The AL’s allies in the Mahajote were also restless because of the deterioration of governance. In fact, Rashed Khan Menon of the Workers’ Party and Hasanul Huq Inu of the JSD  who were offered Cabinet posts were in recent times playing the role of the opposition in parliament as well as outside it exposing the failures of the government. The biggest of the allies in the Mahajote, the Jatiyabadi Dal of former President Ershad, had already made its intentions clear of leaving the Mahajote for the next general elections in the face of the AL led Government’s failures.   The Prime Minister thus faced real dangers of open revolt in the party and in the alliance that made it necessary to expand/reshuffle the cabinet to please the critics.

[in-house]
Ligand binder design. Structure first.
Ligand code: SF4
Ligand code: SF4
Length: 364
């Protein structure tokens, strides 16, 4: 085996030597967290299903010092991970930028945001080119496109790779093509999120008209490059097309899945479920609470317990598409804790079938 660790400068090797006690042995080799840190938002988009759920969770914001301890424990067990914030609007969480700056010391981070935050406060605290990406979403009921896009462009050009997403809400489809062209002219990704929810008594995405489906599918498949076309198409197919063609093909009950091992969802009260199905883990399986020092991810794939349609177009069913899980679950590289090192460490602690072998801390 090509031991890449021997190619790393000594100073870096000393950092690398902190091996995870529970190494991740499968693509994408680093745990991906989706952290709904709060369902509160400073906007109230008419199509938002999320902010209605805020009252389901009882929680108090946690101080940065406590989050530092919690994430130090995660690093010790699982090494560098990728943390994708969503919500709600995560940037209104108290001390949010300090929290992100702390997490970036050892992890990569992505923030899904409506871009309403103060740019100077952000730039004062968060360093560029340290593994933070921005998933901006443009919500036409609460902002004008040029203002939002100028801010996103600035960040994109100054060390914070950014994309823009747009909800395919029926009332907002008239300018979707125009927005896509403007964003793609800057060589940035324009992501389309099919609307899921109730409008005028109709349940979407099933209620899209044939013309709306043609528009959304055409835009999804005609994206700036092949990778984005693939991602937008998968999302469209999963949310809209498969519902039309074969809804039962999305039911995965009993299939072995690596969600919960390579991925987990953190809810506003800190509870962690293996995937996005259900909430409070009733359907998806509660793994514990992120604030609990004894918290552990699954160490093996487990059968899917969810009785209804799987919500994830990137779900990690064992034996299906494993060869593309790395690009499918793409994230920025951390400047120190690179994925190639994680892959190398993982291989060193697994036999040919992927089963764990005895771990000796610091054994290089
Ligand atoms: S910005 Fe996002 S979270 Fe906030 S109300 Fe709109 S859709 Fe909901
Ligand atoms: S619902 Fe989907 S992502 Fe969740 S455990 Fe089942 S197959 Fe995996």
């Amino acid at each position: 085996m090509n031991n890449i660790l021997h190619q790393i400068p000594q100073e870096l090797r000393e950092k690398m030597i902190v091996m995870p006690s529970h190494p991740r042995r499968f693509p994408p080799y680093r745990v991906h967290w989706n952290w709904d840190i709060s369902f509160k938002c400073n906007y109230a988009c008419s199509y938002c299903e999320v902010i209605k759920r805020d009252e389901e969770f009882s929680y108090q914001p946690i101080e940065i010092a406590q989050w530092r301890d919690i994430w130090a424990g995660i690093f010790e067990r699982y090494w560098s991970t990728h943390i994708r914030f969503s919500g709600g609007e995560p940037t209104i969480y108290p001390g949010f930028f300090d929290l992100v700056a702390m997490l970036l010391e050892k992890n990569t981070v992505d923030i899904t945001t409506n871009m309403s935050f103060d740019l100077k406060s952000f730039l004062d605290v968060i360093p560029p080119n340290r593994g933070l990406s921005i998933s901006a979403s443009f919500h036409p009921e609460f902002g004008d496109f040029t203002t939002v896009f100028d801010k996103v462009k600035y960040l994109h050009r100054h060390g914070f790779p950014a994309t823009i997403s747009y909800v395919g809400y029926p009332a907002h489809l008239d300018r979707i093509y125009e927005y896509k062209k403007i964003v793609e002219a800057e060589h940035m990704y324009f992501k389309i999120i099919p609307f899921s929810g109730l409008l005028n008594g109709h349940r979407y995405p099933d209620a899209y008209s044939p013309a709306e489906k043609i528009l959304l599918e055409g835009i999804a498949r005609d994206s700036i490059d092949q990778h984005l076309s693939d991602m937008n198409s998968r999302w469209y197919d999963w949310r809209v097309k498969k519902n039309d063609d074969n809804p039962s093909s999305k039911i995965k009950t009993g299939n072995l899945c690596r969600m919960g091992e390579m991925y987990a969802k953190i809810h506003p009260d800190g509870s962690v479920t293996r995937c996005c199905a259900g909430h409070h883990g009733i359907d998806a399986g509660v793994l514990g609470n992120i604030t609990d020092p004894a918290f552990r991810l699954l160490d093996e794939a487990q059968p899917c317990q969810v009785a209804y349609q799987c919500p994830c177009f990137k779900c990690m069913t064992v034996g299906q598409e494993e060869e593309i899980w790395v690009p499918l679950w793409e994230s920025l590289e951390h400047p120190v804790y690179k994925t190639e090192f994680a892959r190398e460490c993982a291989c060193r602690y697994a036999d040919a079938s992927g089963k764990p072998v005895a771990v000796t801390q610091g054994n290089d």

These facts notwithstanding, the real focus in the expansion however was on Tofael Ahmed. It is an open secret that the Prime Minister kept him out together with the late Abdul Razzak and Amir Hossain Amu as punishment for their role during the Caretaker Government when they negotiated with the military intelligence for reform in the AL that was aimed at restricting her powers.  As the AL started failing in governance, there was widespread pressure from the party upon the Prime Minister to take back Tofael Ahmed and his colleagues into the Cabinet in the greater interests of the Party because of their importance and acceptance in the party and experience in governance.